Language effects on semantic fluency test performance among South African adults

Master Thesis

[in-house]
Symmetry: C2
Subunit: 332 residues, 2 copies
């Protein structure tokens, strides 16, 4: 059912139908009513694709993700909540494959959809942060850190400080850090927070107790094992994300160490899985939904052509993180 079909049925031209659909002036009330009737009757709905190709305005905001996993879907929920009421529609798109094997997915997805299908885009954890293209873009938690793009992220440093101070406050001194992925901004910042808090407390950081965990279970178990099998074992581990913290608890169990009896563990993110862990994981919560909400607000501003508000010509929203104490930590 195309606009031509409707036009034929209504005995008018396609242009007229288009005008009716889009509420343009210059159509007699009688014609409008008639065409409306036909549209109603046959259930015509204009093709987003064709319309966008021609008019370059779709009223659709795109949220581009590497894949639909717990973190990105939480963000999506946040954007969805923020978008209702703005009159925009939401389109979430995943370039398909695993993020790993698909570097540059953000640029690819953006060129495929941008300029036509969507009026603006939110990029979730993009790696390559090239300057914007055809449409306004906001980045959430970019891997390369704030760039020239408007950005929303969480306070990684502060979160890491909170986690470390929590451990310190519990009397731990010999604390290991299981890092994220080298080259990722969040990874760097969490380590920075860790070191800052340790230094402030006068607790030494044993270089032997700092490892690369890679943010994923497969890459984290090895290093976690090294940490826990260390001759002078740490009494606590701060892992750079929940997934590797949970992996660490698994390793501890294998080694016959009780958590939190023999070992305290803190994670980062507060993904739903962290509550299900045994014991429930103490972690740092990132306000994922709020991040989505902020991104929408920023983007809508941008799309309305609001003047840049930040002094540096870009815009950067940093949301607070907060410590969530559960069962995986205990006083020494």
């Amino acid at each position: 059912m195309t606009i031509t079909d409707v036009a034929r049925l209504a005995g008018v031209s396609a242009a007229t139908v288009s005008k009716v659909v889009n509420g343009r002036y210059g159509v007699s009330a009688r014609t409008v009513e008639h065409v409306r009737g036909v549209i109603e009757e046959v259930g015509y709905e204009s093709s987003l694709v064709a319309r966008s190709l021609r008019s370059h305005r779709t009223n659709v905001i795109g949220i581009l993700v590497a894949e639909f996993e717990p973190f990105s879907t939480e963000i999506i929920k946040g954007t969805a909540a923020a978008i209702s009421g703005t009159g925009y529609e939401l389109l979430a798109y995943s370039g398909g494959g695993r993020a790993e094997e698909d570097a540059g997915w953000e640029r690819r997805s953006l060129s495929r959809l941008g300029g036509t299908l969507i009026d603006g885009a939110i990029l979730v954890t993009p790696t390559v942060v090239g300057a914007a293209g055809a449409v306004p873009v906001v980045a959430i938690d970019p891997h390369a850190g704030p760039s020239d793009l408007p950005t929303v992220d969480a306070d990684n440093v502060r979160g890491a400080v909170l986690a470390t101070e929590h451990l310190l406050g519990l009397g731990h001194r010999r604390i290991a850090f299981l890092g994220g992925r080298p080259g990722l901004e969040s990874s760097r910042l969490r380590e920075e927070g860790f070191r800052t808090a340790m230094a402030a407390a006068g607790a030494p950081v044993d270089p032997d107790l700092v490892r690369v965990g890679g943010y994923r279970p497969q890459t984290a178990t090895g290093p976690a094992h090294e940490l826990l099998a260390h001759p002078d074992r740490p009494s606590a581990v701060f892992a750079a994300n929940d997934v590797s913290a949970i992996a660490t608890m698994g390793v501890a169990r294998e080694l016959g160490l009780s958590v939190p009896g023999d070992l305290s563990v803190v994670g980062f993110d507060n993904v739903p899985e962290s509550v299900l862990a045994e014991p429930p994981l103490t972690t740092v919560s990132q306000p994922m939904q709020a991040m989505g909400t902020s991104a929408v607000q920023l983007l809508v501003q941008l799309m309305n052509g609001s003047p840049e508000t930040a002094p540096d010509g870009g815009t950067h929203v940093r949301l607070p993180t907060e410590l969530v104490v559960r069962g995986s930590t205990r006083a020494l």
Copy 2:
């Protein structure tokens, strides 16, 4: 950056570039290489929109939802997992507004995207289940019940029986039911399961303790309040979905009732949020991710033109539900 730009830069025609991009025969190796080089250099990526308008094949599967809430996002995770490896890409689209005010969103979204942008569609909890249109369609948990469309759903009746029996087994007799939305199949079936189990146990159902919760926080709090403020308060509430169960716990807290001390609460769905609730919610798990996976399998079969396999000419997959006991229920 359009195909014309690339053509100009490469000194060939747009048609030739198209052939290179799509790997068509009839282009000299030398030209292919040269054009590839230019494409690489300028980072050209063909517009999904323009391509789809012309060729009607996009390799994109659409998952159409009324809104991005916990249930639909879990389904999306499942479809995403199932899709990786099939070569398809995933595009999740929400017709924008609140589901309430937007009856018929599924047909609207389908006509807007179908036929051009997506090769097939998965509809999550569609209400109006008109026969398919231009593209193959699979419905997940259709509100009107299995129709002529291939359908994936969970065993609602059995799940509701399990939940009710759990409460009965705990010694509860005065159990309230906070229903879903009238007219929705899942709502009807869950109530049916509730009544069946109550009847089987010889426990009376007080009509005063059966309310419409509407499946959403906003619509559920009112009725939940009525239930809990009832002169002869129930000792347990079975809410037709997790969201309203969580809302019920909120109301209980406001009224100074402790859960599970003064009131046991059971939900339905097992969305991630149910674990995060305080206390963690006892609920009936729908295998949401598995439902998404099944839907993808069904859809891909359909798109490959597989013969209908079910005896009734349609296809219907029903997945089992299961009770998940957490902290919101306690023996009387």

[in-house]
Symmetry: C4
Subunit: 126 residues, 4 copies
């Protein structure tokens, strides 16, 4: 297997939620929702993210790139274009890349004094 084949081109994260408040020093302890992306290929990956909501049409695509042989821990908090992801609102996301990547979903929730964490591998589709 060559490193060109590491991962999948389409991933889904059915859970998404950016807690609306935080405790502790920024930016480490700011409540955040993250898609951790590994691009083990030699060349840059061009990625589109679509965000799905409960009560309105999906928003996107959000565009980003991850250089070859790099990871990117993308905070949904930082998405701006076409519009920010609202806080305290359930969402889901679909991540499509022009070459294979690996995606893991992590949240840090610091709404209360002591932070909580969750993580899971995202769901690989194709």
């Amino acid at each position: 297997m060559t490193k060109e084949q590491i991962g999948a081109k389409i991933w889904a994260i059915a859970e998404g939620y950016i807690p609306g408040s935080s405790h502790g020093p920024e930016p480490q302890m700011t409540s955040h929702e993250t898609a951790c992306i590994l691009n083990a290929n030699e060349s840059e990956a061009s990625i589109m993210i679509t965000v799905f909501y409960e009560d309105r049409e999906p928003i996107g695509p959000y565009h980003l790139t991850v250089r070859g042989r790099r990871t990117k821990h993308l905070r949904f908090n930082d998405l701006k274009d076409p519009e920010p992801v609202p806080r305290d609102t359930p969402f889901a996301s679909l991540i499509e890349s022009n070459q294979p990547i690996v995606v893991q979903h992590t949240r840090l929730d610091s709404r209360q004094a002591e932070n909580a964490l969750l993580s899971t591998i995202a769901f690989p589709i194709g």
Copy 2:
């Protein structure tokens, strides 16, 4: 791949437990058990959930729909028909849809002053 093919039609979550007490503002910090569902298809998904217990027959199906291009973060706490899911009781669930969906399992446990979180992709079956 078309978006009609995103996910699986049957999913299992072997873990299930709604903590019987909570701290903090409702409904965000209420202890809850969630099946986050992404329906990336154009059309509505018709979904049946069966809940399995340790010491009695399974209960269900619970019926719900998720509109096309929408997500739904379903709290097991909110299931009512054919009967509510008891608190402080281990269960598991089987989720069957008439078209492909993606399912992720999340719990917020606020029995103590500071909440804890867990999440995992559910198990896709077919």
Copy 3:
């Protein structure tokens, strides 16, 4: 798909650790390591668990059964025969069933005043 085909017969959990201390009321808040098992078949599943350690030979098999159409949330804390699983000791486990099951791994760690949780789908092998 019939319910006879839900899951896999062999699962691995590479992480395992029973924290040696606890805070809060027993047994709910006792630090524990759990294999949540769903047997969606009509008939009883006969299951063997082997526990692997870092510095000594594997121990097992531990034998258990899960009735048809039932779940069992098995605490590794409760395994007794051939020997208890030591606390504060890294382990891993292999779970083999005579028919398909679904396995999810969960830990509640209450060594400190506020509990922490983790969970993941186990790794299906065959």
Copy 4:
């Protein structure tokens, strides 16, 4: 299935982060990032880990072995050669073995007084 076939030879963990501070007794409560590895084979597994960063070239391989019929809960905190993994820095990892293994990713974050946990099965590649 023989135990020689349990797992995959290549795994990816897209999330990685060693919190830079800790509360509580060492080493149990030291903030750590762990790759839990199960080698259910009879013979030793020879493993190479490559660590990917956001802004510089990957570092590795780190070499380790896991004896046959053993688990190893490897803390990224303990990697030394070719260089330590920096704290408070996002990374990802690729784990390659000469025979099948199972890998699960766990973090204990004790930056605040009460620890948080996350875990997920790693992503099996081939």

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Issues around the cultural fairness of cognitive tests and their administration are becoming increasingly important as the global spread of neuropsychological practice quickens. Most of these tests are developed and standardized in high-income countries of the global north, and so when used in low- and middle-income countries (LAMICs) of the global south they are susceptible to influence by non-organic factors. Of relevance for this thesis is that these factors include language of test administration (e.g., whether the test is administered in the participant's home language or language of education) and the language profile of the test-taker (e.g., whether the person is multilingual). Semantic fluency tests are a standard component of many neuropsychological test batteries (e.g., those used to detect various forms of dementia), and are commonly administered in LAMICs without due regard for language influences on performance. Hence, the aim of this research was to investigate the influence of language of test administration on semantic fluency test performance in a sample of multilingual students from an English-medium South African university. Participants were 75 balanced English-isiXhosa bilinguals who were administered singlelanguage and forced-switching semantic fluency tests in both languages, as well as a freeswitching semantic fluency test. Results showed that, across test conditions, participants generated more words when administered the tests in English than in isiXhosa. Analyses also showed that, during the isiXhosa but not English administration, participants performed better under free-switching than forced-switching or single-language conditions. The strongest conclusion one can draw from these observations is that test administrators must ensure that test takers are assessed in a language that allows them to demonstrate their optimal cognitive capacity, and that therefore a determination of language proficiency in each of the test-taker's languages is a necessary prerequisite for assessment. This step is especially important in countries, like South Africa, that are home to many multilingual individuals.